the faceless facebook

In response to this past Sunday’s sermon and upon acknowledging the realities of pain, conflict, confusion, loss, and grief in this world, it occurred to me that I do not get enough time in quiet to ponder things of depth and significance. Even in the most dense forests or stretched out beaches, we have a cell phone that we think needs to be on us, like something so important may happen that moment that we’d need to know about immediately. There is a buzz of technology, internet, and connectedness that prevails in the modern era, even if we can’t hear the noise.

These technological availabilities may disguise themselves as advancement, opportunities, and means to convenience, but I must present the obvious drawback of their distraction from reality and the way the world–apart from wires–is wired. I’m afraid we’ve trusted technology and connectivity with friends and information to the point that we are bound to these like drugs that we run to in any time of discomfort and stress. Even facebook’s brilliance doesn’t put us face-to-face with people.

We waste away hours trying to solve problems now with things we’ll have to do again tomorrow, and more frequently thereafter to achieve the same satisfaction, until, one day, the activity is completely meaningless. We stare at screens, absorbing entertainment, games, and gratification from others, looking for our happiness now when eternal matters are at stake all around us. I found myself here today, realizing I am distracting myself from larger-scale realities by spending too much time with things that don’t matter, rather than pressing into the Bible, spending time investing in life so that my legacy might reap the returns for God’s glory.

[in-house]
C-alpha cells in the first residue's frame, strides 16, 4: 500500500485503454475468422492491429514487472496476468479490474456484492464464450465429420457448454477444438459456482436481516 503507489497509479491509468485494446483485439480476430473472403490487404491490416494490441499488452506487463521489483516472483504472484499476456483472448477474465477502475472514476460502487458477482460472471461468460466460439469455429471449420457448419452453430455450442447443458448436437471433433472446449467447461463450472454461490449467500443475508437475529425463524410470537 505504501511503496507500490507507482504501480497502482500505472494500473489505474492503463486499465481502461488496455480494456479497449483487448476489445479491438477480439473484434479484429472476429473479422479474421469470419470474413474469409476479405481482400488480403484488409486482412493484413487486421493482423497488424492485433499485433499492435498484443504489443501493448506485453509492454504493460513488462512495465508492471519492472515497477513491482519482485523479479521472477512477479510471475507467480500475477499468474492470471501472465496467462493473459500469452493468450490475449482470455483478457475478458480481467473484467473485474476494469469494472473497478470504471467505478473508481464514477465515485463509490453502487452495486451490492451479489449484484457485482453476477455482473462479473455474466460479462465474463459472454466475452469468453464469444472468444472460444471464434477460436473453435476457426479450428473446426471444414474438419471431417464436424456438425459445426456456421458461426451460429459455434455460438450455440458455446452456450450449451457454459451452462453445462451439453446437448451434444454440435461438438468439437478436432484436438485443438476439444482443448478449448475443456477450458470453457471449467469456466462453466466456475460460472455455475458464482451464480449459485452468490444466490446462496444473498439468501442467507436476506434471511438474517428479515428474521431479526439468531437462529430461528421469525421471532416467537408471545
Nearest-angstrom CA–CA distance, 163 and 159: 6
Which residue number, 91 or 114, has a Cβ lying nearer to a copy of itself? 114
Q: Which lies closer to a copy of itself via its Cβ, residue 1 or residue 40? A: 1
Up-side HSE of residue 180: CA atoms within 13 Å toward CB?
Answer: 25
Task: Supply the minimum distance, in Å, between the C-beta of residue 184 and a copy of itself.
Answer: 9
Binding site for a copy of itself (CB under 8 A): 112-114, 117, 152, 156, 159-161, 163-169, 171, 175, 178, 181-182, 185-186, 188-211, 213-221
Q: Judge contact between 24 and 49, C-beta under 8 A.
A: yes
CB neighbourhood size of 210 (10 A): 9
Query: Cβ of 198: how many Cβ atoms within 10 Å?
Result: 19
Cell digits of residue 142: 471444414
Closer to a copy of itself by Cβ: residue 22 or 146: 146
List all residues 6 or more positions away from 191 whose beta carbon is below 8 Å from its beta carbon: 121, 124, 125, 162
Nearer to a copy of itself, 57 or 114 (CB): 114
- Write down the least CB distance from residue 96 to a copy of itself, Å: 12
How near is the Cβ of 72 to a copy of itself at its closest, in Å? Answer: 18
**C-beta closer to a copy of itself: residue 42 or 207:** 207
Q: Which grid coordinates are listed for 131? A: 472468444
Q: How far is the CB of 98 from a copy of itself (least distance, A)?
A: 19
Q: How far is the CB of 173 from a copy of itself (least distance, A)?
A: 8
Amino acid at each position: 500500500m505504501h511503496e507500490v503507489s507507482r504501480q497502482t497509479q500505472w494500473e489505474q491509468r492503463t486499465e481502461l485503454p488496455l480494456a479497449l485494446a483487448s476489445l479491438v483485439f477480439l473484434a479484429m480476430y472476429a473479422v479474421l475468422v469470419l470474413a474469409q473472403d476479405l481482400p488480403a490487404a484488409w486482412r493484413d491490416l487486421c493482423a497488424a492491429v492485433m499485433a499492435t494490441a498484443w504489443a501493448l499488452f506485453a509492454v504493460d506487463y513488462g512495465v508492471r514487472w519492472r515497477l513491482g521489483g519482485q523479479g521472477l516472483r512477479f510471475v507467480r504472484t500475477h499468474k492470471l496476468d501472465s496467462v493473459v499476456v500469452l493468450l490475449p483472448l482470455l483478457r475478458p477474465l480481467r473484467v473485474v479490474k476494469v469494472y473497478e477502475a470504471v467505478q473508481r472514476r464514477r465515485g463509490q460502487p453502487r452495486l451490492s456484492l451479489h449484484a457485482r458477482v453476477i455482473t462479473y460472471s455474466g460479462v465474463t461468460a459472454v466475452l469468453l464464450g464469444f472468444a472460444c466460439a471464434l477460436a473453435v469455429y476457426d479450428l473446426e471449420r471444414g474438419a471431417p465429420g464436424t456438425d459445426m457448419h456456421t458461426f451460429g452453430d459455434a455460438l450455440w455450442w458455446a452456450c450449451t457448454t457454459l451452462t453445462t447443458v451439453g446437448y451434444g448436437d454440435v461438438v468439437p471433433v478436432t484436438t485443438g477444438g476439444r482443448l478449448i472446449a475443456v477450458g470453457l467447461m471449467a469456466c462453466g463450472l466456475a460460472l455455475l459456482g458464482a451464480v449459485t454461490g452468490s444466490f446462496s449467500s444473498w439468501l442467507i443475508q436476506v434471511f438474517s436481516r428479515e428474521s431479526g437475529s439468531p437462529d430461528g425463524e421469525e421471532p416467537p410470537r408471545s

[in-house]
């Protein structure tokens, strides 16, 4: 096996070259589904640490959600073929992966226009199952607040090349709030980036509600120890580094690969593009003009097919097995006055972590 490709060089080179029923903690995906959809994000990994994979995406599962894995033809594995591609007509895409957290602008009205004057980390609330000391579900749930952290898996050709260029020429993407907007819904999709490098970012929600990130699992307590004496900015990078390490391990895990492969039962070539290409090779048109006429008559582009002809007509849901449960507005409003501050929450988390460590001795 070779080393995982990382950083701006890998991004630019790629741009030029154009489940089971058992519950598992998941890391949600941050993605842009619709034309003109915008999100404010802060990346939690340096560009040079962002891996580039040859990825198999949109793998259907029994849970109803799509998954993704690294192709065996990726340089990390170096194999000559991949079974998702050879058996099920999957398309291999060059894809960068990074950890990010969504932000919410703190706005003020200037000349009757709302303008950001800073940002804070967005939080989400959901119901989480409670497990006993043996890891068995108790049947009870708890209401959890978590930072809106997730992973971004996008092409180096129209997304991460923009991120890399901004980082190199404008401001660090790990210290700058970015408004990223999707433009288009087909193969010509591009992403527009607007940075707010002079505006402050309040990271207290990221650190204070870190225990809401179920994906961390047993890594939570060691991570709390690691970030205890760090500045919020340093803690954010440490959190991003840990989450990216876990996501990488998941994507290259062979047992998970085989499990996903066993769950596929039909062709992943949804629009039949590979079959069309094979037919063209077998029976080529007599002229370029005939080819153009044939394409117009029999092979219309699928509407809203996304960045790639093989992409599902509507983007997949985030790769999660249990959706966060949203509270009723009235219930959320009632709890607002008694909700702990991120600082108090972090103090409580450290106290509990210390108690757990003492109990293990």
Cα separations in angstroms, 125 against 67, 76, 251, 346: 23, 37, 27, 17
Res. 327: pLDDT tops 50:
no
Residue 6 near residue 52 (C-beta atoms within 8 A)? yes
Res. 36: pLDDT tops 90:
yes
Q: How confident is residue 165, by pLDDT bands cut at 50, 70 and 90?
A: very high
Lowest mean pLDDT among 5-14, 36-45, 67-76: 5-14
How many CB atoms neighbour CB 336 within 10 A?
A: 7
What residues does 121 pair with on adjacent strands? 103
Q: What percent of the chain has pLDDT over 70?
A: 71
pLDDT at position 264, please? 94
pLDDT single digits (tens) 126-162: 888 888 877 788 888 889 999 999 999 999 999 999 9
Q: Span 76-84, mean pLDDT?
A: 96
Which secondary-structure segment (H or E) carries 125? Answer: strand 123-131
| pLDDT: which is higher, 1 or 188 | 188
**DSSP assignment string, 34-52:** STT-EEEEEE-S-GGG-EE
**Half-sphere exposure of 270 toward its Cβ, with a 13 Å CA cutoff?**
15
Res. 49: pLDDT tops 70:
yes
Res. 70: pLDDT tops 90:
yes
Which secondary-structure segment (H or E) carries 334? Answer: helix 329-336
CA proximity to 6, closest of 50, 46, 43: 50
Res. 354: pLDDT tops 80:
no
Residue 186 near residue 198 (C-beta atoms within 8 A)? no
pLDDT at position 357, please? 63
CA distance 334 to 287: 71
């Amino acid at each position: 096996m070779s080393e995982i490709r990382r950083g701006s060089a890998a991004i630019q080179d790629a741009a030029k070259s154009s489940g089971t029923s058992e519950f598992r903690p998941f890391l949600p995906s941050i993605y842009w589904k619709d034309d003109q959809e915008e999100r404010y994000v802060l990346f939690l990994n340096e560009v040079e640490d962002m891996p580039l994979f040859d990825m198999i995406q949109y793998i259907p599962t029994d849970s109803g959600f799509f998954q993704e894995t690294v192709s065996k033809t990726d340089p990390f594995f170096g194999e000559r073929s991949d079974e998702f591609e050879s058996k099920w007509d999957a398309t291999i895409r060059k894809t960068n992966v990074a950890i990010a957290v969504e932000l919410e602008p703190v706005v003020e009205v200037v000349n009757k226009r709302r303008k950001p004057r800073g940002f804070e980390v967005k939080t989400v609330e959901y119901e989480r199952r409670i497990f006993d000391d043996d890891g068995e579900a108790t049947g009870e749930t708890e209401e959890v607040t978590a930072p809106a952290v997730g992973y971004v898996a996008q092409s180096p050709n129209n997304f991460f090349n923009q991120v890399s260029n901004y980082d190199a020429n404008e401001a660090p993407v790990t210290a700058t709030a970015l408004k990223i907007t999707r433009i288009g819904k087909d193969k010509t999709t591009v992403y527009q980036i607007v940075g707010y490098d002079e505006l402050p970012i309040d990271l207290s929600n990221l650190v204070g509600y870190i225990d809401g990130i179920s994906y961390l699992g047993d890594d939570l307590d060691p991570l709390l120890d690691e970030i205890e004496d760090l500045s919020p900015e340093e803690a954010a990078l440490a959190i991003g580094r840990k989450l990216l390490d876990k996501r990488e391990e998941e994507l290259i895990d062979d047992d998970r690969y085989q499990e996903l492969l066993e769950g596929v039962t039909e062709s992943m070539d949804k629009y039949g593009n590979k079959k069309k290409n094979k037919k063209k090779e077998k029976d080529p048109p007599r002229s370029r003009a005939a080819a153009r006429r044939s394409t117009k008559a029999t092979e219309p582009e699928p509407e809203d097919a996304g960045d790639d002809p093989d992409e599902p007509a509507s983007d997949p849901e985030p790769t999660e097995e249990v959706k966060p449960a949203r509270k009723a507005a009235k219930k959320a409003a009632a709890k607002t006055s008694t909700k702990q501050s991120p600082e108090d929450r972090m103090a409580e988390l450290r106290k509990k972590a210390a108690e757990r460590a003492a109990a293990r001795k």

Surely anyone with the slightest bit of honesty would admit that they can look backwards in their life and admit times they wished they’d acted differently–responded less harshly, called back, been more available, not broken the law, not abused their friend. I believe we do bad things, the wrong things, unprofitable things, unhelpful things, lazy things, and the like simply because we haven’t yet comprehended the magnitude and extent of the good that is offered to us. 

God in Christ promises us eternal life by faith in what he’s done. Did you catch that? Eternal. Life; one of joy, peace, love, honor, and humility, acknowledging the maker of all things. It is the way life once was and will be again one day upon the restoration of all things. Only a few years ago, I would have denied that this was true, but God interrupted my shortsightedness and pride. Everything today points outside of itself, from emotions, to the order of physical things, to the radical change of converted people covered in God’s love. And by faith we have it, never to feel lacking in anything, as long as we do not end our search on less-worthy pleasures but on him, the great Originator.

 

 
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